(c) Milt Okun and Ellen Stekert 1956 (as "Spanish Is A Loving Tongue")

Milton Okun - RLP 12-634

Listen to a sample here:

(c) Glenn Yarbrough 1957 (as "Spanish Is A Loving Tongue")

Listen here:

(c) Richard Dyer-Bennett 1958 (as "Spanish Is The Loving Tongue")

(c) Gateway Singers 1959  (as "Spanish Is The Loving Tongue")                                                  

(c) Pete Seeger 1960 (as "Spanish Is The Loving Tongue" (IN A MEDLEY)

Listen here (after 1 minute in the soundfile below)

(c) Chad Mitchell Trio 1963 (as "Adios Mi Corazon")

Listen to a sample here:

(c) Ronnie Gilbert 1963 (as "Spanish Is A Loving Tongue")

Listen here:

(c) Ian & Sylvia 1963 (as "Spanish Is A Loving Tongue")

Listen here:

(c) Limeliters 1963 (as "Spanish Is The Loving Tongue")

Listen to a sample here:

(c) Crew Cuts 1963 (as "Spanish Is A Loving Tongue")

(c) Hootenanny Singers 1964 (with Björn Ulvaeus) (as "Spanish Is The Loving Tongue")

(c) Marianne Faithfull 1965 (as "Spanish Is A Loving Tongue")

Listen here:

(c) Paul Clayton 1965 (as "Spanish Is The Loving Tongue")

(c) Country Gentlemen 1968 (as "Border Incident")

Listen here:

(c) Bob Dylan 1970 (as "Spanish Is The Loving Tongue")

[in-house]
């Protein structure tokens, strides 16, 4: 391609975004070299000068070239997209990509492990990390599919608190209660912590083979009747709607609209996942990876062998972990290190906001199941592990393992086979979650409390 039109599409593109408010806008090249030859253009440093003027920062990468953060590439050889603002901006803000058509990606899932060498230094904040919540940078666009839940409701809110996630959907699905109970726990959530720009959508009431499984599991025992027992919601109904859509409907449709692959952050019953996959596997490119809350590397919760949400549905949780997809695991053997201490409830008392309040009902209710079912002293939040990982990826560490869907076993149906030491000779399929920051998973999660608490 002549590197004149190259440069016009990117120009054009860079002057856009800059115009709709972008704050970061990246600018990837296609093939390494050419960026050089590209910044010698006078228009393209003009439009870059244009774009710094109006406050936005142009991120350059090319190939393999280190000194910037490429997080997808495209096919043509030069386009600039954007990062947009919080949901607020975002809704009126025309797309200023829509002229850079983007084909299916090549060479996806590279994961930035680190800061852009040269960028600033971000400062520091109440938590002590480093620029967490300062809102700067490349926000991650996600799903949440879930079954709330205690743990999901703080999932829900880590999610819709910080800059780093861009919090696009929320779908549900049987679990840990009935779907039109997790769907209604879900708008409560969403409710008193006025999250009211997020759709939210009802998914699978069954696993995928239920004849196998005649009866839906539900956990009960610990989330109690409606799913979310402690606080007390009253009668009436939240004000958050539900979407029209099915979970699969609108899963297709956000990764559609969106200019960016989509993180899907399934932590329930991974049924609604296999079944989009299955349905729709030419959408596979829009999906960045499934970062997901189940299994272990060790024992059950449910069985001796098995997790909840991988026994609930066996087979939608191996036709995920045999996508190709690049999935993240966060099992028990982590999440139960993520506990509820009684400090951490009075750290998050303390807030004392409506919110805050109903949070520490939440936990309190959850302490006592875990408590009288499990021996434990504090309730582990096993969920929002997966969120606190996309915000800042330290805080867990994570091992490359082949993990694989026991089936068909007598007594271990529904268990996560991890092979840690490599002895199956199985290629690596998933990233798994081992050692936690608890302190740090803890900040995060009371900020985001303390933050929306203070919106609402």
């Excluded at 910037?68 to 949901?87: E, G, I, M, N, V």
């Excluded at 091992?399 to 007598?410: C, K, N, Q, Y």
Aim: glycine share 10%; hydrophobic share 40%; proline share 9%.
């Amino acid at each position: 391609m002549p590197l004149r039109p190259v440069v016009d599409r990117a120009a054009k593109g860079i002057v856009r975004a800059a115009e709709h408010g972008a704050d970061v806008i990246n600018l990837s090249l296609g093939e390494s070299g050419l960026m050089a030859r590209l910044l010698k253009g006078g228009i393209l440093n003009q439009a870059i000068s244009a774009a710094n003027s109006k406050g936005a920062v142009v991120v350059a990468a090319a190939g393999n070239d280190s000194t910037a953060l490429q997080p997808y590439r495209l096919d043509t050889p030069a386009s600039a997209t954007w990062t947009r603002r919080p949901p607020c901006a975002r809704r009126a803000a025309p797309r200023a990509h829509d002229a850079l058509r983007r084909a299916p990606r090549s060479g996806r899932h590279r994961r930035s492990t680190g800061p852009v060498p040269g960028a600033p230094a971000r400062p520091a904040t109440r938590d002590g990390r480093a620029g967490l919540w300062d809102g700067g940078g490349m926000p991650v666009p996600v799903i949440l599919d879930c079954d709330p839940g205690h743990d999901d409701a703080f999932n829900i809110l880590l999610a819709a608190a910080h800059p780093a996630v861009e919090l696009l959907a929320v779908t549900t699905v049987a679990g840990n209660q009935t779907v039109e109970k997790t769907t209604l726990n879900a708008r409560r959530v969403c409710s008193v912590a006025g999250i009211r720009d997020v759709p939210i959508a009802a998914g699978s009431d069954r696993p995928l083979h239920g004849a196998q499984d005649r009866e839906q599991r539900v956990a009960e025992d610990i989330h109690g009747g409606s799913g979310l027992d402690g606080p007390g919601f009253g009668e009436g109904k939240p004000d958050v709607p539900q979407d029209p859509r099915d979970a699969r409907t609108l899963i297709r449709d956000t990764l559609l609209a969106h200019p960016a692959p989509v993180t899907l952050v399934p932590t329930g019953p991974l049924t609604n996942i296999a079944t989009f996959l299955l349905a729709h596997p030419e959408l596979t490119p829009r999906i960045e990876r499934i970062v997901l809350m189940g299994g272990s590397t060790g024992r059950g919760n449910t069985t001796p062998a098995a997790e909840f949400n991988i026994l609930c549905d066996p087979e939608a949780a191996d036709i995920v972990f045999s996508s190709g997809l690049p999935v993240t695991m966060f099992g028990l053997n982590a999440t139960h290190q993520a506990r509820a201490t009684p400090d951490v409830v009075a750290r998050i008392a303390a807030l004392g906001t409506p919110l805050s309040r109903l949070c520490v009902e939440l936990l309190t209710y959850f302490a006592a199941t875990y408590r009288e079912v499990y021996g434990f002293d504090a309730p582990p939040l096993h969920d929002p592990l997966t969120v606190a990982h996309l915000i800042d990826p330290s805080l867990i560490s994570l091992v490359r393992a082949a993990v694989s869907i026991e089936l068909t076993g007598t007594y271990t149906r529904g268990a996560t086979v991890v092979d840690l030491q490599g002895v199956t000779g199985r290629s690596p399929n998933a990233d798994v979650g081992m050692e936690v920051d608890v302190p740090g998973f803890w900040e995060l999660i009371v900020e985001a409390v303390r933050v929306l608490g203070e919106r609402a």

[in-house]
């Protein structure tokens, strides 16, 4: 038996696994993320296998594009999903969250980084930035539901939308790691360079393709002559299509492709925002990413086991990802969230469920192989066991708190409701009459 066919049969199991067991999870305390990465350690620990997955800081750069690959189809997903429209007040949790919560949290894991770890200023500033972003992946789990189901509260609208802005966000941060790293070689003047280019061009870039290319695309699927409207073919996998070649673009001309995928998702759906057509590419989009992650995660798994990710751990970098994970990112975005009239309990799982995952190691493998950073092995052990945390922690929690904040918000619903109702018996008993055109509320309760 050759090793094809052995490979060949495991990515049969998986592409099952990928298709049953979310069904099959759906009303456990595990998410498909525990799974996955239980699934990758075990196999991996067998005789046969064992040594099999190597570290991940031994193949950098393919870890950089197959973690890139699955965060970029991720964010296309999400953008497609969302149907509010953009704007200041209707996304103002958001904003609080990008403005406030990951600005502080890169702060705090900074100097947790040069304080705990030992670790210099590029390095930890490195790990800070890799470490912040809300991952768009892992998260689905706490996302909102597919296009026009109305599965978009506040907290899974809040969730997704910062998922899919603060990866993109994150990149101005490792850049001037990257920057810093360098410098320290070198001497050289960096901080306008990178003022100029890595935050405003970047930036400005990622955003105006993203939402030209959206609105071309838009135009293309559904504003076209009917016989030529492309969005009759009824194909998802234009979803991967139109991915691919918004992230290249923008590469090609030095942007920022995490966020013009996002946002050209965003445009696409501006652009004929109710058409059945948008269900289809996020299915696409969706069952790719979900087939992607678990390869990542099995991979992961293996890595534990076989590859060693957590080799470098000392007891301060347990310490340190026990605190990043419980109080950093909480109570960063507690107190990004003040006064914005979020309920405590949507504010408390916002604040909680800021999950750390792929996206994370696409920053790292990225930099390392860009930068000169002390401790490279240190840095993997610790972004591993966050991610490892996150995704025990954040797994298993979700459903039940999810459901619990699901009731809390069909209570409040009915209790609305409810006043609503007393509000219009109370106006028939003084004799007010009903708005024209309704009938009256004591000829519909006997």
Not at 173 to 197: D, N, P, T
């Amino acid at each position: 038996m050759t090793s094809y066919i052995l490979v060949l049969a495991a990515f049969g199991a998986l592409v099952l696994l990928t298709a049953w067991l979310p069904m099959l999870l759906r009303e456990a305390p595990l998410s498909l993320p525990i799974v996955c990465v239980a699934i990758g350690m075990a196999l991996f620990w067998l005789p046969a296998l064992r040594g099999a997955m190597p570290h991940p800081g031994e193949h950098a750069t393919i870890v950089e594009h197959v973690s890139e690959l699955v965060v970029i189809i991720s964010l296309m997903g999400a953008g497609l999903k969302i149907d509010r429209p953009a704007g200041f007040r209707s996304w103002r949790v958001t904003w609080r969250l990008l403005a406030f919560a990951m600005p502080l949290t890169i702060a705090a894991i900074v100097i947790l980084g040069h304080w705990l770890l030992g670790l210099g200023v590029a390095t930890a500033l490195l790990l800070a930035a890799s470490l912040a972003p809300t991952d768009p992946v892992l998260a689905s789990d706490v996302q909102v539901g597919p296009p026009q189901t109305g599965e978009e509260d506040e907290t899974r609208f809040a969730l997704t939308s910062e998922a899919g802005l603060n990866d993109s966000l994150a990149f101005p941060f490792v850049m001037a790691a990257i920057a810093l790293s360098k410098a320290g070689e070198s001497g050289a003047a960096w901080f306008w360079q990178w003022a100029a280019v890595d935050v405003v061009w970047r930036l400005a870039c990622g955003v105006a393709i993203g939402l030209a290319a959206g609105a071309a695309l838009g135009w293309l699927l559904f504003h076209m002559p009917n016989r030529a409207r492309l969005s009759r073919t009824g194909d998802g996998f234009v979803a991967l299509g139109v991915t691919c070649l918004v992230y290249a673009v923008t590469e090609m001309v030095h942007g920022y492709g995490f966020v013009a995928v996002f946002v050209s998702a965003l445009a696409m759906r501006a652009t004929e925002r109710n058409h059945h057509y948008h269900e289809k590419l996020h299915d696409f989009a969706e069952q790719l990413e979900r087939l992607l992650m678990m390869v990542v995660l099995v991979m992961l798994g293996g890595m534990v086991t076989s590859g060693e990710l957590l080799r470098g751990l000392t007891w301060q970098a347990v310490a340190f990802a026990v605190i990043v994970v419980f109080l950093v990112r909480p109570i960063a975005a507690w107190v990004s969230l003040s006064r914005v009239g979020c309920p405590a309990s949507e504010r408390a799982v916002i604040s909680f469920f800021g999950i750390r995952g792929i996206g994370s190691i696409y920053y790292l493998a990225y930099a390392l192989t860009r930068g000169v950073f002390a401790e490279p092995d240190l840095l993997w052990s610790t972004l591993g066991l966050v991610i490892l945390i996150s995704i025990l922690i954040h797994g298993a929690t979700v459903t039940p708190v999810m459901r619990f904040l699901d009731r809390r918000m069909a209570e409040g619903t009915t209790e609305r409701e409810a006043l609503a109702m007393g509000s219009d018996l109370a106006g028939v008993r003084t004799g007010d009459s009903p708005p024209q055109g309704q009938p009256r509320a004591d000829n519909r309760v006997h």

(c) Bob Dylan 1973 (as "Spanish Is The Loving Tongue")

(c) Judy Collins 1976 (as "Spanish Is The Loving Tongue")

(c) Emmylou Harris 1981 (as "Spanish Is A Loving Tongue")

Listen here:

(c) Liam Clancy 1982 (as "Spanish Is The Loving Tongue")

(c) Michael Martin Murphey 1989.

 After a few decades Michael Martin Murphey was the first artist to restore the original lyric-line "she was Mex(ican) and I was white"

Listen here:

(c) The Blackeyed Susans 1991 (as "Spanish Is The Loving Tongue")

In 1990 the Texas Tornadoes sang sort of an answer-record (written by Butch Hancock)

Spanish Is The Loving Tongue BUT "She Never Spoke Spanish To Me":

And to close this topic here's a beautiful version from 2012 by Mason Willams and Deborah Henson-Conant and her Electrical Harp